After spending four days in October in Ho Chi Minh City attending a workshop called Foss Asia 2010, I reached the conclusion that open source software could be the answer to copyright issues on software or computer technology in developing countries such as Cambodia and Vietnam, where many poor people were under-paid and pirated copies of software were widely available.
This second Foss event after the first one in Vietnam last year featured open source advocates and open source software developers from all around the world and big names such as Google, open-source web-browser Mozilla, and many more.
Growing up with a lot of bootleg software programmes easily available in Cambodia, I had become used to these commercial software applications. As a consequence, this practice has deterred technology companies like Microsoft from fully operating here, which means no jobs or prospects for more development.
The other thing to consider is that the more that pirated software becomes available here, the more it increases anarchy and neglect of copyright laws – why use costly commercial software when we cannot afford it?
But what about open source software? And in what way can it help a country like Cambodia avoid using pirated programmes? Open source software is only a fraction of what’s known as “open source”, which some people call a philosophy and others “pragmatic methodology”, according to wikipedia, an online open-source encyclopedia.
Besides computer technology and culture, open source extends its influence to areas such as education, health and science and journalism, along with arts, digital content and more. As a way of illustration, open source software, which is different from the commercial software one has to pay for, was built on the concept of making everything free for all the people.
The source code of open source software is “published and made available to the public, enabling anyone to copy, modify and redistribute the source code without paying royalties or fees”, wikipedia states.
Open source code evolves through community cooperation in a collaborative manner in which software developers from all over the world come together online and develop a code to make any programme better.
These communities are also comprised of very large companies which believe in free access to free software for everyone. Where does the idea come from? In fact, open source existed even before computers when it was called the spirits of sharing.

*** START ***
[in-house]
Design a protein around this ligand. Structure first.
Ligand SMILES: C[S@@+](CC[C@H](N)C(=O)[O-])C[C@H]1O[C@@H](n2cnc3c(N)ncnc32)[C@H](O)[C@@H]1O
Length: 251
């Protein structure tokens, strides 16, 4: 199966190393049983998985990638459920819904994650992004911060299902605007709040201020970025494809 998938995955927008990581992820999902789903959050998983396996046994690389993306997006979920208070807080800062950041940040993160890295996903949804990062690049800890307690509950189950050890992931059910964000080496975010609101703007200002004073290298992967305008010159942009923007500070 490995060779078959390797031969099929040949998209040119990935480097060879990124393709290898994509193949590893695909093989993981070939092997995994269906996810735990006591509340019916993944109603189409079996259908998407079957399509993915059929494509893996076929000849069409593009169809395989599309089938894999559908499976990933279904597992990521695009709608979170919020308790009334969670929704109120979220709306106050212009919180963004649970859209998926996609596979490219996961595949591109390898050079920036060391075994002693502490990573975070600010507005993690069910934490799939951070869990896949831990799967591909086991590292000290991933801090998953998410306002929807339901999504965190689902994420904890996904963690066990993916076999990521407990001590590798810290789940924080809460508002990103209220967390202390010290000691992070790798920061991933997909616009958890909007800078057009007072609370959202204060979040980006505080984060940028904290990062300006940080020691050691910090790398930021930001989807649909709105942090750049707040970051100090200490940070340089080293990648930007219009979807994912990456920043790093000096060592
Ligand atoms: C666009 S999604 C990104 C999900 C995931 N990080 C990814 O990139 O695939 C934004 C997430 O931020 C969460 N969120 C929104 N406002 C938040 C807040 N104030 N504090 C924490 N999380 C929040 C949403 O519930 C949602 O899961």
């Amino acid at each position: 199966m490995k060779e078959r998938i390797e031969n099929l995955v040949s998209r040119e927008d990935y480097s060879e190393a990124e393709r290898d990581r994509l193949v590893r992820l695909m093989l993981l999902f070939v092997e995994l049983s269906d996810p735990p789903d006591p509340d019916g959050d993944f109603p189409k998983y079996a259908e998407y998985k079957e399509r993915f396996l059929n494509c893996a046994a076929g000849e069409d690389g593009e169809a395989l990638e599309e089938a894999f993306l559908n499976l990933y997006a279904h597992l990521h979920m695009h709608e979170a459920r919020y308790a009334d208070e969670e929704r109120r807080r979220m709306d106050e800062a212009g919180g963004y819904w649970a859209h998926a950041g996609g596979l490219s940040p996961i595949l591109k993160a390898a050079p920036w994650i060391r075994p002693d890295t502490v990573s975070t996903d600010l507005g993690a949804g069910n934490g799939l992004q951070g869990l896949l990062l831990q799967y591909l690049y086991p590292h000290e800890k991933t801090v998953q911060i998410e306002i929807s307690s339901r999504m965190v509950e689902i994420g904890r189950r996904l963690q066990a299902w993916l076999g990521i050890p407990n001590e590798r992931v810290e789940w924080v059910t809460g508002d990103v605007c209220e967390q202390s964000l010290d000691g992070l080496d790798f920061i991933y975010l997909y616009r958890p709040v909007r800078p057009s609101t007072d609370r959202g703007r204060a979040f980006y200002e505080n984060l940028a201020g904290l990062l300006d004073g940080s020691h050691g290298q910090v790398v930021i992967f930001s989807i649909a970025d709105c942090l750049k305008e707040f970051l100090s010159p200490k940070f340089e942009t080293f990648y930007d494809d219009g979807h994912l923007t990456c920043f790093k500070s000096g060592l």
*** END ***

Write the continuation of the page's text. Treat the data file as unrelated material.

At Foss Asia 2010, I learned that open source software technology has been taken to a new level in Vietnam, where many people have turned to open source programmes for use rather than the commercial software that many cannot afford.
In the late 1990s, the Vietnamese government strongly supported free open source software integrated in education as well as business, prompting an order from the government for all administrative offices to use open source applications in 2008. With more support from the national government and relevant OSS organisations, Vietnam has a strong open source community which enables the country’s consumers to save more and contribute less to copyright violations.
In an effort to bring development through technology to Cambodia, the Open Institute, which was established in 2006, is committed to improving access to quality education by using technology in the local language. Open source software has changed the face of education and business around the world.
It is still a struggle for Cambodia, however. According to Norbert Klein, a German author of the Cambodian Mirror blog and a strong supporter for internet development in Cambodia, the government in 2001 announced a policy aimed at “avoiding dependency on proprietary systems, instead promoting open systems and interoperability”, which was supported by the Ministry of Youth, Sports and Education to use free open source software such as OpenOffice, Khmer Unicode and other FOSS applications.
However, there is a lack of support for those who want to shift from commercial applications and a lack of facilities and training in schools around the country.
It is perhaps still a dream to see Cambodia fully integrate FOSS into education as much as Vietnam has, but FOSS will be the answer to more development in Cambodia in the information and communication technology sector. What is needed now is support and more programmes to lift awareness about the free use of open source software and at the same time reduce the use of pirated software.